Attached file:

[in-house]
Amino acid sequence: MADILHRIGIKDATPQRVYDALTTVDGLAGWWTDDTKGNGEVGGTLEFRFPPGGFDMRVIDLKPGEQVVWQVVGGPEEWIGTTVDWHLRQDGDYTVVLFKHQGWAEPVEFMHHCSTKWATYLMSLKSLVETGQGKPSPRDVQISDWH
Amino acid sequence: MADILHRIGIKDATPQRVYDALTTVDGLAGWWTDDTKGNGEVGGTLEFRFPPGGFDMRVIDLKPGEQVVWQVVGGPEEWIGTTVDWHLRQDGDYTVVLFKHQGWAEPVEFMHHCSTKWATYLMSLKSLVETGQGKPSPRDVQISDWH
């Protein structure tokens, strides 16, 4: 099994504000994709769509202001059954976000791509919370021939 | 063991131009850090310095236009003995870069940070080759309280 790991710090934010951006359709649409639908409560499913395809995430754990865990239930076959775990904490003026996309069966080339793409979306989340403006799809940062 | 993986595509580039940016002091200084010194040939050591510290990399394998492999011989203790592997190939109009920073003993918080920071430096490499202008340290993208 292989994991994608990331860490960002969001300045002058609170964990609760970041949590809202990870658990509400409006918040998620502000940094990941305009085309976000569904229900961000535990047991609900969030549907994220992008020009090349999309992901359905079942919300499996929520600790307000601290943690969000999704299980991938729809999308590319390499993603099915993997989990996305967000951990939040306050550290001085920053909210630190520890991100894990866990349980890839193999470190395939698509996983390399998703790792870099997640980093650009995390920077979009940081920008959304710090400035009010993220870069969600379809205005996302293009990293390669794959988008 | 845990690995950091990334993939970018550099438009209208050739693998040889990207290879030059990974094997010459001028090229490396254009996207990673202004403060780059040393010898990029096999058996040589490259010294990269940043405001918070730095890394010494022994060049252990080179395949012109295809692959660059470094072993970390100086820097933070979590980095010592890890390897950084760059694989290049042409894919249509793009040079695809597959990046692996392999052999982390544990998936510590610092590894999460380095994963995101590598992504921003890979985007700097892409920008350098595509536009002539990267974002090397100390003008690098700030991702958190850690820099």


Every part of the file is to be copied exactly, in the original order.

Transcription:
[in-house]
Amino acid sequence: MADILHRIGIKDATPQRVYDALTTVDGLAGWWTDDTKGNGEVGGTLEFRFPPGGFDMRVIDLKPGEQVVWQVVGGPEEWIGTTVDWHLRQDGDYTVVLFKHQGWAEPVEFMHHCSTKWATYLMSLKSLVETGQGKPSPRDVQISDWH
Amino acid sequence: MADILHRIGIKDATPQRVYDALTTVDGLAGWWTDDTKGNGEVGGTLEFRFPPGGFDMRVIDLKPGEQVVWQVVGGPEEWIGTTVDWHLRQDGDYTVVLFKHQGWAEPVEFMHHCSTKWATYLMSLKSLVETGQGKPSPRDVQISDWH
């Protein structure tokens, strides 16, 4: 099994504000994709769509202001059954976000791509919370021939 | 063991131009850090310095236009003995870069940070080759309280 790991710090934010951006359709649409639908409560499913395809995430754990865990239930076959775990904490003026996309069966080339793409979306989340403006799809940062 | 993986595509580039940016002091200084010194040939050591510290990399394998492999011989203790592997190939109009920073003993918080920071430096490499202008340290993208 292989994991994608990331860490960002969001300045002058609170964990609760970041949590809202990870658990509400409006918040998620502000940094990941305009085309976000569904229900961000535990047991609900969030549907994220992008020009090349999309992901359905079942919300499996929520600790307000601290943690969000999704299980991938729809999308590319390499993603099915993997989990996305967000951990939040306050550290001085920053909210630190520890991100894990866990349980890839193999470190395939698509996983390399998703790792870099997640980093650009995390920077979009940081920008959304710090400035009010993220870069969600379809205005996302293009990293390669794959988008 | 845990690995950091990334993939970018550099438009209208050739693998040889990207290879030059990974094997010459001028090229490396254009996207990673202004403060780059040393010898990029096999058996040589490259010294990269940043405001918070730095890394010494022994060049252990080179395949012109295809692959660059470094072993970390100086820097933070979590980095010592890890390897950084760059694989290049042409894919249509793009040079695809597959990046692996392999052999982390544990998936510590610092590894999460380095994963995101590598992504921003890979985007700097892409920008350098595509536009002539990267974002090397100390003008690098700030991702958190850690820099």